NASA Release Incredible Images Of Saturn’s Rings
NASA has released a set of images, courtesy of the Cassini spacecraft, that show Saturn’s rings like you’ve never seen before.
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For amateur astronomers gazing into the sky, Saturn has to be one of the most beautifully mysterious objects in the solar system. Its iconic ringlets of ice and debris that encircle the giant planet are still not fully understood by scientists, but we now have a chance to look closer than ever before at those rings.
NASA worked closely with the European Space Agency on the project to study Saturn and its majestic rings in order to learn more about what they consist of and how they formed. In April, the Cassini craft will head into an orbit where it will have the opportunity to photograph the rings from within, which has never been done before.
NASA say that these images contain twice the amount of previous images taken and allows researchers to study objects that are of a similar size to huge buildings on Earth. The researchers are extremely interested in a previously unknown phenomenon of clumped ring particles and propellers. They are interested in the relationships and movement of these objects and how they cause waves.
“As the person who planned those initial orbit-insertion ring images — which remained our most detailed views of the rings for the past 13 years — I am taken aback by how vastly improved are the details in this new collection. How fitting it is that we should go out with the best views of Saturn’s rings we’ve ever collected.” Carolyn Porco – Cassini Imaging Team Lead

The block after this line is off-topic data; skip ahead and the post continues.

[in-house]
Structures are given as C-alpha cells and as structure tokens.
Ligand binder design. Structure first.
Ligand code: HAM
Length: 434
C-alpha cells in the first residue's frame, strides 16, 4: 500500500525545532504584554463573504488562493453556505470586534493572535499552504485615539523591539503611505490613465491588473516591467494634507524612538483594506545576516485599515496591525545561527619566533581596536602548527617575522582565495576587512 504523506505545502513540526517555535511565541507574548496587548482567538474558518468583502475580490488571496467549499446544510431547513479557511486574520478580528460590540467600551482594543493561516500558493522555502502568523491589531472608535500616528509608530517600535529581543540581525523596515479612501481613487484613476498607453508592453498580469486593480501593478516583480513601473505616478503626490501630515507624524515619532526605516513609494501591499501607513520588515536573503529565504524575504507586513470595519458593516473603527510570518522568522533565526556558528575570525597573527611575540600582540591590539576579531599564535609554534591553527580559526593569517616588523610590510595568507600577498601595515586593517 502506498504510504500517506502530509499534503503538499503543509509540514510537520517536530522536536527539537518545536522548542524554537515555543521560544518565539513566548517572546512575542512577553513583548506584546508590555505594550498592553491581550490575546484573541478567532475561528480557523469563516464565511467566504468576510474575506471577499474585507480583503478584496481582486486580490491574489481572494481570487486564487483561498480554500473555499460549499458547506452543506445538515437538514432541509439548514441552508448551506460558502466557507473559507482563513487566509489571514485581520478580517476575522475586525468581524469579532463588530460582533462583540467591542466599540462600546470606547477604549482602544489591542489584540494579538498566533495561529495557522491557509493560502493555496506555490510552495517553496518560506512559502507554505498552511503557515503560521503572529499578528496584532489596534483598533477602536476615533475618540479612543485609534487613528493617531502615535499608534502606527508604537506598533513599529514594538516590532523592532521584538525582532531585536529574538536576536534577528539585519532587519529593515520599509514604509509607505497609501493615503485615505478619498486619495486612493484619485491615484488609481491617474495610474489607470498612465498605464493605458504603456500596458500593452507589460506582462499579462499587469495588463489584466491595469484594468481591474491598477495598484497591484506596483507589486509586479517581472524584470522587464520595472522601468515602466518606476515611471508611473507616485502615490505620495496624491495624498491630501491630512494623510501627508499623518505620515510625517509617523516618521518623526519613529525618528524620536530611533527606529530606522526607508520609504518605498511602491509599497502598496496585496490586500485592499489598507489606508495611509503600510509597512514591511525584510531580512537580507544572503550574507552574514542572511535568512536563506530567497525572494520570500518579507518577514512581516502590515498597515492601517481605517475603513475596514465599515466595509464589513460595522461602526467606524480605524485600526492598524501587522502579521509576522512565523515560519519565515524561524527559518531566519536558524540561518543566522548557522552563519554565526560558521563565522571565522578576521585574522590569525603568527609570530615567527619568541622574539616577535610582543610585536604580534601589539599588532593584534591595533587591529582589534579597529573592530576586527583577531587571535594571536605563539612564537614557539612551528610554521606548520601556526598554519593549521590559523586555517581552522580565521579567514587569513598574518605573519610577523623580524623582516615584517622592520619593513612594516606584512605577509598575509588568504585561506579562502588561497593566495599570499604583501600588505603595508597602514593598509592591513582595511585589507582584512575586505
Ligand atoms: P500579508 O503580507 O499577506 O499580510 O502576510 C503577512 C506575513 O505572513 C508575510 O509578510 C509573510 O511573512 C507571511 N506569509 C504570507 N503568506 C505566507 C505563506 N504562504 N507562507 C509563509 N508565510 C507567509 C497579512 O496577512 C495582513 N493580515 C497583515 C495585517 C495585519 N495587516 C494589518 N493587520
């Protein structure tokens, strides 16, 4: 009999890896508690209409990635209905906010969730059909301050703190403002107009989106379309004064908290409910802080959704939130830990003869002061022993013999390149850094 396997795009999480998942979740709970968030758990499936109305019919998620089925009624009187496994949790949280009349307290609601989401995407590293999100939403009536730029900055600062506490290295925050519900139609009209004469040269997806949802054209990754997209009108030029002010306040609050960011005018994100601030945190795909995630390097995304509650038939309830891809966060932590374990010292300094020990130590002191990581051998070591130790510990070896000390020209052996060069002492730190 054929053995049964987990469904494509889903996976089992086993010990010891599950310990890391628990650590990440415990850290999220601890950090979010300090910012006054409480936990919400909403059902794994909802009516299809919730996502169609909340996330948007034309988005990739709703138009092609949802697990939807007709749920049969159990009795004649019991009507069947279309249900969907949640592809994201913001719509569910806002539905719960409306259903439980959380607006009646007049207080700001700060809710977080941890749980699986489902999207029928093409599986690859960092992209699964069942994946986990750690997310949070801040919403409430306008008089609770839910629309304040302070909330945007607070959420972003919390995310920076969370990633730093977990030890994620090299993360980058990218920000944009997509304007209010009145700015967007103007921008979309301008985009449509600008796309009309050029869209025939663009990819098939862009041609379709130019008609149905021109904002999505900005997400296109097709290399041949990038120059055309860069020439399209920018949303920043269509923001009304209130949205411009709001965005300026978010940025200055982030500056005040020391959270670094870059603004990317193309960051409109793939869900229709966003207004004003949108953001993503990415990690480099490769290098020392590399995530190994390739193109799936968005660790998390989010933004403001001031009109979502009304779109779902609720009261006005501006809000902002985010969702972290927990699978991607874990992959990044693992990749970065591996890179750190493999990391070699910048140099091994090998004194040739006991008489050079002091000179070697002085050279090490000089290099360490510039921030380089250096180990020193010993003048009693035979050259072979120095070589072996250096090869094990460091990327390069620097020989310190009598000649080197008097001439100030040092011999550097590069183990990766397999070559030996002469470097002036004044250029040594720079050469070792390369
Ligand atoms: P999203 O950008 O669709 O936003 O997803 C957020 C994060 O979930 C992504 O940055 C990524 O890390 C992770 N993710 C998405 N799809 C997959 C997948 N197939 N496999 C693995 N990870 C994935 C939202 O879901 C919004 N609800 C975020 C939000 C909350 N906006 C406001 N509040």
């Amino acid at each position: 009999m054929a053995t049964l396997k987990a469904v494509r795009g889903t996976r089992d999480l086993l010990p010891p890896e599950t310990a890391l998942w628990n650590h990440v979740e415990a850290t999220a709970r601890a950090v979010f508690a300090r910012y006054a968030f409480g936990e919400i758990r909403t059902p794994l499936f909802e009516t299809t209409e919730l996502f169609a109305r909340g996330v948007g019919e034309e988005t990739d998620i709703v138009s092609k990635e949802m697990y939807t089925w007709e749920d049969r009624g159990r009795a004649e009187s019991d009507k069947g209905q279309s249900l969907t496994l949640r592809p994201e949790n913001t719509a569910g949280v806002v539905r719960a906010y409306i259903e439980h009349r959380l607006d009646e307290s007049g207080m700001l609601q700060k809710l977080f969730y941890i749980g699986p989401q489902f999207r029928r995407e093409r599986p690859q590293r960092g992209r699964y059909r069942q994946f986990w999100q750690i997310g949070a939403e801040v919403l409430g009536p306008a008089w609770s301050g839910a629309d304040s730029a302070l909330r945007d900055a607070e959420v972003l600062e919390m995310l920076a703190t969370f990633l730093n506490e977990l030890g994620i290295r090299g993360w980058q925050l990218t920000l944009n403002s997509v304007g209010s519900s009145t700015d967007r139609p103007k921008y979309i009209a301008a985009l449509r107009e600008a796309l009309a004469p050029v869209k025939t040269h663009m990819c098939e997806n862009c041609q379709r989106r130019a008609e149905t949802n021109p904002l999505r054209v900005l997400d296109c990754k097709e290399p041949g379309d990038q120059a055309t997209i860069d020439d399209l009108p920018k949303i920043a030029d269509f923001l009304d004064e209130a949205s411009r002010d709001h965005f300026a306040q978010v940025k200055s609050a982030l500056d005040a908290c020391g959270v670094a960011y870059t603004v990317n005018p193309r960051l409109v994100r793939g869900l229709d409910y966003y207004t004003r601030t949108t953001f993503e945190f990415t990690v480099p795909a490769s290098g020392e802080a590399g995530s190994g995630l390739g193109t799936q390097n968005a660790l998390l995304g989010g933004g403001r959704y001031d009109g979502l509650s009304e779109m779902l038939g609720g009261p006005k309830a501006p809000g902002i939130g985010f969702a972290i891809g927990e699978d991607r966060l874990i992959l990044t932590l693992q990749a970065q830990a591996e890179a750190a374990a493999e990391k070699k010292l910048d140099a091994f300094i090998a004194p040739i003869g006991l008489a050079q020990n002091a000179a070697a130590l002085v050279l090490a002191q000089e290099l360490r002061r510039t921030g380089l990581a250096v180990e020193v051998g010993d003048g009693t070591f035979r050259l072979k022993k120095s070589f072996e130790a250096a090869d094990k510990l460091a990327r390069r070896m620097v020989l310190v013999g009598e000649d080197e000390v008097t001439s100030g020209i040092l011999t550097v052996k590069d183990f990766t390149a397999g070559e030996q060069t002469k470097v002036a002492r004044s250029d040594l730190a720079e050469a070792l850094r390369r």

The final stage of the mission will begin in April and we can expect some fantastic shots of the incredible rings after the mission is complete. For now, here are the best shots:
“These close views represent the opening of an entirely new window onto Saturn’s rings, and over the next few months we look forward to even more exciting data as we train our cameras on other parts of the rings closer to the planet,” Cassini scientist Matthew Tiscareno said in a statement.
The Cassini-Huygens mission is a cooperative project of NASA, ESA (European Space Agency) and the Italian Space Agency. NASA‘s Jet Propulsion Laboratory in Pasadena, California, manages the mission for the agency’s Science Mission Directorate in Washington. JPL is a division of Caltech in Pasadena. The Cassini imaging operations center is based at Space Science Institute in Boulder, Colorado.